New questions are being raised over the possible nomination of Ambassador Rice to secretary of state due to the stakes her and her husband own in companies that have recently done business with Iran. In 2010, the U.N. Security Council approved sanctions on Iran, developed by Rice, which were described by diplomats as one of the toughest sanctions efforts in the the history of the organization.
The companies in question are global conglomerates and some have stopped doing business with Iran in order to comply with international sanctions. One of the biggest of Rice’s holdings, between $50,000 and $100,000,according to a disclosure statement for 2011, is Royal Dutch Shell. The international oil giant stopped buying crude oil from Iran early this year. Rice and her husband also own between $15,000 and $50,000 of stock in ENI, an Italian international oil company. ENI says that it no longer does business with Iran, but it has been granted a waiver from sanctions to allow it to collect oil as payment for about $1 billion Iran owes the company from earlier business deals. The company had been purchasing crude oil and developing natural gas fields.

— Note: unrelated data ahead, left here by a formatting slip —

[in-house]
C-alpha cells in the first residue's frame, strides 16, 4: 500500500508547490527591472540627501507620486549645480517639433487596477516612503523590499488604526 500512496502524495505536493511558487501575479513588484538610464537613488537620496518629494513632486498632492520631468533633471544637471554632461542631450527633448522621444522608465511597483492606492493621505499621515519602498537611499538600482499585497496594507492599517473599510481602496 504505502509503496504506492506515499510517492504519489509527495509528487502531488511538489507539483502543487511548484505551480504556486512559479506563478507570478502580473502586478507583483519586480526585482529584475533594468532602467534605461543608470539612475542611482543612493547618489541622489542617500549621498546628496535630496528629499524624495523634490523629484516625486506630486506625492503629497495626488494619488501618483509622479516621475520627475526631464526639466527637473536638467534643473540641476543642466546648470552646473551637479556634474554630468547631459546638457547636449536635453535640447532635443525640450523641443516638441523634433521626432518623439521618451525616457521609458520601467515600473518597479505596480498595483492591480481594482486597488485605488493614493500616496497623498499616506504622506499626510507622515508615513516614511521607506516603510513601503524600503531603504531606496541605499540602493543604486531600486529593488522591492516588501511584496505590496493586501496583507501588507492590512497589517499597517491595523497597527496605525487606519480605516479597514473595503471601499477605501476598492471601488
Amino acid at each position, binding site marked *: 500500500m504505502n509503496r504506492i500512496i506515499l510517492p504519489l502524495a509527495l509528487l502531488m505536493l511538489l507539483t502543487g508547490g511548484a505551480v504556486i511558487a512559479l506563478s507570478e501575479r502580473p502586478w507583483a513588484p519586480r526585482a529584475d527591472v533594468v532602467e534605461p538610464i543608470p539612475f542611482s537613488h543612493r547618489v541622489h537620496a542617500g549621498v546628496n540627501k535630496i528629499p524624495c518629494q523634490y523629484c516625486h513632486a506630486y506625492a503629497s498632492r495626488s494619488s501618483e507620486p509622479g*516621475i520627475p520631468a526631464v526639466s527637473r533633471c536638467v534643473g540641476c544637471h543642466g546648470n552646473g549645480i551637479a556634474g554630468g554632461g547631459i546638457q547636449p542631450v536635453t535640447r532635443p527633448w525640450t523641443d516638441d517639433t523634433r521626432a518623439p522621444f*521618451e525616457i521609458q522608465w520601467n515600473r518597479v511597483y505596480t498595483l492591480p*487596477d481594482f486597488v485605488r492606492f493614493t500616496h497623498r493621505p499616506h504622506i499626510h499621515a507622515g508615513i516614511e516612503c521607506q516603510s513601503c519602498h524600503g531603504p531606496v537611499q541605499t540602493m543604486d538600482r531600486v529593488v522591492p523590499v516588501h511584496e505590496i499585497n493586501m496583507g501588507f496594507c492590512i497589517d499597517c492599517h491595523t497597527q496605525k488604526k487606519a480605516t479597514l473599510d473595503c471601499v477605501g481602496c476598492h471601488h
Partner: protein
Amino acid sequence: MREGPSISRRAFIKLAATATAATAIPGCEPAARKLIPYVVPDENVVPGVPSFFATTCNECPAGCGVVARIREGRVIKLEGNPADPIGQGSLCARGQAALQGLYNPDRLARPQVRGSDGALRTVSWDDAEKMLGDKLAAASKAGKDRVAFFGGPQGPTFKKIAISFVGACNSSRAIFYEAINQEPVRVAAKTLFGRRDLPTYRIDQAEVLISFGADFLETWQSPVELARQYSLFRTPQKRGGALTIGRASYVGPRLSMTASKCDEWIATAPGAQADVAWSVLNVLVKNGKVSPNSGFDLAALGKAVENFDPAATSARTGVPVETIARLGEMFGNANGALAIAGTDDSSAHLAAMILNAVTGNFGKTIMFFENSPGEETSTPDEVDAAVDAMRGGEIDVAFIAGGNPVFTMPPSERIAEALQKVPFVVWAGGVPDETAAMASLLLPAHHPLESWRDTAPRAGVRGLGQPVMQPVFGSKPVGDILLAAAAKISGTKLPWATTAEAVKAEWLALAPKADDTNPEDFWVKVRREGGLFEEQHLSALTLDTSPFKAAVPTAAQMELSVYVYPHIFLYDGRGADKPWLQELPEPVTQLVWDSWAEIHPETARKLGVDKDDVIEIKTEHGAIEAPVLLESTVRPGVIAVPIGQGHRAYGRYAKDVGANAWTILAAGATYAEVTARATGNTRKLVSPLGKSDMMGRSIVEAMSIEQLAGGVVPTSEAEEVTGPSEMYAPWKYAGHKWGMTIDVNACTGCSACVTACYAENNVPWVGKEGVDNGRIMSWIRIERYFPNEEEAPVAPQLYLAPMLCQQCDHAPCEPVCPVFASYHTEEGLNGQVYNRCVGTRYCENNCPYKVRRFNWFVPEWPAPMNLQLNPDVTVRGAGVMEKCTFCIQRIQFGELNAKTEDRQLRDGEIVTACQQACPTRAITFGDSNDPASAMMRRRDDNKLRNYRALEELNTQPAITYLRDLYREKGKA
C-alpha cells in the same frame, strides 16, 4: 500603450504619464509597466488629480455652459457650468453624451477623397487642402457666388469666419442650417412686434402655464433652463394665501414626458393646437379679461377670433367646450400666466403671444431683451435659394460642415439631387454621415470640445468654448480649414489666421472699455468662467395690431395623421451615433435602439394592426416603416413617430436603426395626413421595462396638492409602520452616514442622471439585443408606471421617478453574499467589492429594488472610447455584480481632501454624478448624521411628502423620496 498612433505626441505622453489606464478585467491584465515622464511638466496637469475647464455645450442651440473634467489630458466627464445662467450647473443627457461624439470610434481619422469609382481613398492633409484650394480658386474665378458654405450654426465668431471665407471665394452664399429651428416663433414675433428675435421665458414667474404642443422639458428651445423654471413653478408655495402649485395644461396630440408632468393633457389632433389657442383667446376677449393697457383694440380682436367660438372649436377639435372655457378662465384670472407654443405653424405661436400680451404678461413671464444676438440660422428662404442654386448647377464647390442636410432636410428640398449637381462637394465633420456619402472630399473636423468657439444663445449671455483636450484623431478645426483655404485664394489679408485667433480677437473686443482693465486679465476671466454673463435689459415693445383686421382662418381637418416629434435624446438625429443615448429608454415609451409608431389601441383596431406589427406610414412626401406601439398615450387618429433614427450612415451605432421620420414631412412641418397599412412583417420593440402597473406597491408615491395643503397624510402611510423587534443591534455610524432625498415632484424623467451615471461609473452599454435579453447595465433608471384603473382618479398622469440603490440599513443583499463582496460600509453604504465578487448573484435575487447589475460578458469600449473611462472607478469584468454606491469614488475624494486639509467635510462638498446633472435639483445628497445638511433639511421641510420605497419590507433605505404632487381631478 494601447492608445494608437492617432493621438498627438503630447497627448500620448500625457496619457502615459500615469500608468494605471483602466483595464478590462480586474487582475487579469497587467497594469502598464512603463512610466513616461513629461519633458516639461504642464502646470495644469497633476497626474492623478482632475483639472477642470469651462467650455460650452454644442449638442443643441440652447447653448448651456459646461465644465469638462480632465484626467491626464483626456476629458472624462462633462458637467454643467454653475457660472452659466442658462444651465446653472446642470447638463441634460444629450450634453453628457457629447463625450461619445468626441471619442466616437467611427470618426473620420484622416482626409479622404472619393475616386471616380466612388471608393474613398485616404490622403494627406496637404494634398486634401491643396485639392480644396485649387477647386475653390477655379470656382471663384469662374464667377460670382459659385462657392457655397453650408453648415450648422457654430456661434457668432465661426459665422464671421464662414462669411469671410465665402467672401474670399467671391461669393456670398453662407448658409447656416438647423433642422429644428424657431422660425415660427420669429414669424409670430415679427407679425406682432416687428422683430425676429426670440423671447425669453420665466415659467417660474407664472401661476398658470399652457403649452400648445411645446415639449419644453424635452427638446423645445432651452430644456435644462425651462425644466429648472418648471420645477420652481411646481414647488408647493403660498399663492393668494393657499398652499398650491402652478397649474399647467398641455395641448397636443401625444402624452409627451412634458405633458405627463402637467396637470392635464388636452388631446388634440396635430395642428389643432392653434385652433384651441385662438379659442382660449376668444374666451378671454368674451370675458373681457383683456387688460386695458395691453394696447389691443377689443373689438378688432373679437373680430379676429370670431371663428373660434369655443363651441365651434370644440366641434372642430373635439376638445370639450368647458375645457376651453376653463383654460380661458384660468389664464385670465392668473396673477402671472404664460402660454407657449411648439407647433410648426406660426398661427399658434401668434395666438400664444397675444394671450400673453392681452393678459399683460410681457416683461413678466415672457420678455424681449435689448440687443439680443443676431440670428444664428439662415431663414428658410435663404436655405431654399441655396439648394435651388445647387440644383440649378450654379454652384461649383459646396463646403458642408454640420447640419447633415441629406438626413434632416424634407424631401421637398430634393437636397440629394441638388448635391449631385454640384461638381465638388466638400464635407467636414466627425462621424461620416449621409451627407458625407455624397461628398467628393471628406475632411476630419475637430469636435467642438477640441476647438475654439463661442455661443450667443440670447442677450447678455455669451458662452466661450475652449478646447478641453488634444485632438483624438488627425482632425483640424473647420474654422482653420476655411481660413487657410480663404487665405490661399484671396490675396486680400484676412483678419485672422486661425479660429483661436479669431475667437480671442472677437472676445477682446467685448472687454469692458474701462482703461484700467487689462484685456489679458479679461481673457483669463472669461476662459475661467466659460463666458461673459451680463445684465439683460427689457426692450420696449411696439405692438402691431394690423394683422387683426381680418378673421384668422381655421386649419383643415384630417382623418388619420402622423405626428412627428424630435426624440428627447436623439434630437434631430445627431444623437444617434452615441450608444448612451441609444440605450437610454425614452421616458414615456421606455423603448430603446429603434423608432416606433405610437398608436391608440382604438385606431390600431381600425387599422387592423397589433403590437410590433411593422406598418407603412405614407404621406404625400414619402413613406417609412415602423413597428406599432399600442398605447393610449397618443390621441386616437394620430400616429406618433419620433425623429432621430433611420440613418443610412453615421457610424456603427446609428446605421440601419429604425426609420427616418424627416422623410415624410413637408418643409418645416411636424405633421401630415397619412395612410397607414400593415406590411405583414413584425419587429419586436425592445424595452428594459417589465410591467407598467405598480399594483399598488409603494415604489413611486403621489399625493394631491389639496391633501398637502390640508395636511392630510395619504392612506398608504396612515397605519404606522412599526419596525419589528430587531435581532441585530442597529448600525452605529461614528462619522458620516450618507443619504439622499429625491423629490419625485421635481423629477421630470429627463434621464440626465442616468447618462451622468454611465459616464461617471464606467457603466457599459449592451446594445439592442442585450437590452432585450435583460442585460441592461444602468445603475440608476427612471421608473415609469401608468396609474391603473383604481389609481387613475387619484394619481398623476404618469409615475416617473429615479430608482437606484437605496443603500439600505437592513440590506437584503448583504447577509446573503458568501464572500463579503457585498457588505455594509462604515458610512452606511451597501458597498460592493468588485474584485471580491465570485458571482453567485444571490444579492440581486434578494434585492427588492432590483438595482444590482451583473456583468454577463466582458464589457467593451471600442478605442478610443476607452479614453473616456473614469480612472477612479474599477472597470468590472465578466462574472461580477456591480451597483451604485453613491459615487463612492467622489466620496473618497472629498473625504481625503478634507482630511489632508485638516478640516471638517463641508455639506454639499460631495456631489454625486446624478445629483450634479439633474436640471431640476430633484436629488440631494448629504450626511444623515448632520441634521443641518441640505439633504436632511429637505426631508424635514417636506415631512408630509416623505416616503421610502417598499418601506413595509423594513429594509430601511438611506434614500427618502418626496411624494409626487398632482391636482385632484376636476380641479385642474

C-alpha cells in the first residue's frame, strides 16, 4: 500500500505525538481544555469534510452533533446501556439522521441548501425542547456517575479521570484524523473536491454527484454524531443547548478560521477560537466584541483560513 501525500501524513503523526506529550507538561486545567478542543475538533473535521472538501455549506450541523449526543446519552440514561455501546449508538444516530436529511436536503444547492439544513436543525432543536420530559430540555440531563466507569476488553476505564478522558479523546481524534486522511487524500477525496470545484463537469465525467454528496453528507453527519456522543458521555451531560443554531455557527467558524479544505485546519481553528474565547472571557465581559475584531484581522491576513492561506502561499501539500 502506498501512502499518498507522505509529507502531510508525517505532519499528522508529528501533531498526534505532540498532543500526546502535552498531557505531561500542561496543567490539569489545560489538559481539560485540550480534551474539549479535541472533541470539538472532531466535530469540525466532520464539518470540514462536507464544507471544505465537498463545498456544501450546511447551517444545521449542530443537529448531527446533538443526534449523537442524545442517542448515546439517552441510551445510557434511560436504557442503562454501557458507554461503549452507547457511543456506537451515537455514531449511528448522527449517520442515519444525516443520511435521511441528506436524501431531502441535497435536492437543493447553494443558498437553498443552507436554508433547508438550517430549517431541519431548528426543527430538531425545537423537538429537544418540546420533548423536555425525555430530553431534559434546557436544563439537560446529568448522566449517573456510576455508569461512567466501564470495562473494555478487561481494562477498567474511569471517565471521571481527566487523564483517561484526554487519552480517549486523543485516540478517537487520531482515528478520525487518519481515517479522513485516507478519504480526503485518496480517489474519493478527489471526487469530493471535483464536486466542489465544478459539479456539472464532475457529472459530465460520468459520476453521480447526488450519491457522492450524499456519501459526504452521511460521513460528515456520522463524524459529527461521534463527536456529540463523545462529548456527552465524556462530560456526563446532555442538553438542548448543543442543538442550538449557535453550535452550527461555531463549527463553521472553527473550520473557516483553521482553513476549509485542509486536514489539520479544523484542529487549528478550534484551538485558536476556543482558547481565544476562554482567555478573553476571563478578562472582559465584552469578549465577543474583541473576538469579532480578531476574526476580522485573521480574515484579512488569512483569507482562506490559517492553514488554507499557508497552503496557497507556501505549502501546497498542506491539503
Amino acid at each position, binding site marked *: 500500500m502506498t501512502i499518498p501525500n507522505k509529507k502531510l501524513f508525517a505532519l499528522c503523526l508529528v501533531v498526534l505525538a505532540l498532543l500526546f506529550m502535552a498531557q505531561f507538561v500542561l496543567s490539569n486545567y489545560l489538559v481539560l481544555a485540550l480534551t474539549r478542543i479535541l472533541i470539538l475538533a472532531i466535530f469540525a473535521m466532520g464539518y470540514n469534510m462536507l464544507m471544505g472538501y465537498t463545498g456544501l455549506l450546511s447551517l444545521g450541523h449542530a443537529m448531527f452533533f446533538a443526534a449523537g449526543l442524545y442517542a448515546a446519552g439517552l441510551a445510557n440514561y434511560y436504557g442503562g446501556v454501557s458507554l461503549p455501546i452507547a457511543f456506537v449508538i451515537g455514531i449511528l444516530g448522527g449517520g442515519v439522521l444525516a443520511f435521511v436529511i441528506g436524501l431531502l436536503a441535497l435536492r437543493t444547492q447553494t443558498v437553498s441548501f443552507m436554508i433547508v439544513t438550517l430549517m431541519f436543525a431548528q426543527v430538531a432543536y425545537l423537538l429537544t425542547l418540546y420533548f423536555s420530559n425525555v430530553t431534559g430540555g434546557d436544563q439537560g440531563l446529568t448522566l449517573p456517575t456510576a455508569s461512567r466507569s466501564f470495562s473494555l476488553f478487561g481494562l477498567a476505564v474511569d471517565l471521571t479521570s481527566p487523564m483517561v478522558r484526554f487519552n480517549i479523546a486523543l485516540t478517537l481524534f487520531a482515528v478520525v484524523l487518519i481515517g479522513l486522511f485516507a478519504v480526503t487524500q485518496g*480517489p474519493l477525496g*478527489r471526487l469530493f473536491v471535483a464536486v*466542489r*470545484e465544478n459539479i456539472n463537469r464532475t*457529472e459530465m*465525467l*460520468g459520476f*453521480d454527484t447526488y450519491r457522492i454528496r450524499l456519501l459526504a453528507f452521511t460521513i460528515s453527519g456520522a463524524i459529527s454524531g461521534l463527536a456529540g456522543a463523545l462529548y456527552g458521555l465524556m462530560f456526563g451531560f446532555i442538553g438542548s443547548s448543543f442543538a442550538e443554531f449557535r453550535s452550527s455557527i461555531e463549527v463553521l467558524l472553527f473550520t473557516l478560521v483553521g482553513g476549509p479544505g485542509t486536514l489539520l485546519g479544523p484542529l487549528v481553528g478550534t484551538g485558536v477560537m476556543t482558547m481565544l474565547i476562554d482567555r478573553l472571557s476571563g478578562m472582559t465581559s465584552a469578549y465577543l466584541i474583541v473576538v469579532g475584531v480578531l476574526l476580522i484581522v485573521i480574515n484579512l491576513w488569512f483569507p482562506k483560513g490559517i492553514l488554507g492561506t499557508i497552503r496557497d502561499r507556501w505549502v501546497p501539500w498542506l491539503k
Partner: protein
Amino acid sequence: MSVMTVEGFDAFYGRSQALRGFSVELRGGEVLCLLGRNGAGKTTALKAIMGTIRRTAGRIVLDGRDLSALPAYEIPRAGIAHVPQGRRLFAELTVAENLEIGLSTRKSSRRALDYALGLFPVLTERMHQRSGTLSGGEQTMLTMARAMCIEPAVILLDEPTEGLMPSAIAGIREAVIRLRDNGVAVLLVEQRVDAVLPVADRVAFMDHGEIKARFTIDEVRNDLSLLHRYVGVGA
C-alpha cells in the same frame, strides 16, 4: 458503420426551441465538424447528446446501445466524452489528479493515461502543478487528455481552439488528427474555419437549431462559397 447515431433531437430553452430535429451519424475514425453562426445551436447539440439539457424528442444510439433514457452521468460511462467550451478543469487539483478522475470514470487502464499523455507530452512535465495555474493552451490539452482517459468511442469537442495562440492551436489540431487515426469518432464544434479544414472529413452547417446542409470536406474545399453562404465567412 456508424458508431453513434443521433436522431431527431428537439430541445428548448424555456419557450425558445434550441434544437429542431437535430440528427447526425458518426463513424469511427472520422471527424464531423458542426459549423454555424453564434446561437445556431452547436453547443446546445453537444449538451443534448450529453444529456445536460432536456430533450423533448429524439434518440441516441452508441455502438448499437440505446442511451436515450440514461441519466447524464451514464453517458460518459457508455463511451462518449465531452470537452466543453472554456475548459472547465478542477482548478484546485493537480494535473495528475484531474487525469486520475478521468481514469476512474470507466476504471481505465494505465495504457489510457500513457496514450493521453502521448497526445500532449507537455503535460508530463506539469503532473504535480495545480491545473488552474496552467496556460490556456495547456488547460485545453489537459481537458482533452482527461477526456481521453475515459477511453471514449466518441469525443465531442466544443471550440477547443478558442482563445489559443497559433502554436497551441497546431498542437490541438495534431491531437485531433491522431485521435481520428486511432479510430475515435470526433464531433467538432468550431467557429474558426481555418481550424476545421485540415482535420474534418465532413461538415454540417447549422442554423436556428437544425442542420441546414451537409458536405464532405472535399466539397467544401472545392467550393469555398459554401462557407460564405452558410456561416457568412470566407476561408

“With respect to Iran, Ambassador Rice worked to impose the toughest U.N. sanctions regime ever on Iran for its continued failure to live up to its obligations,” said Rice’s spokeswoman, Erin Pelton. “Iran is more isolated than it has ever been and facing the toughest economic pressure ever mustered.”
Rice is one of the richest members of the Obama Cabinet. She and her husband, Ian Cameron, were worth between $23.5 million and $43.5 million in 2009, according to the Center for Responsive Politics. Her late father was a World Bank director and governor of the Federal Reserve.
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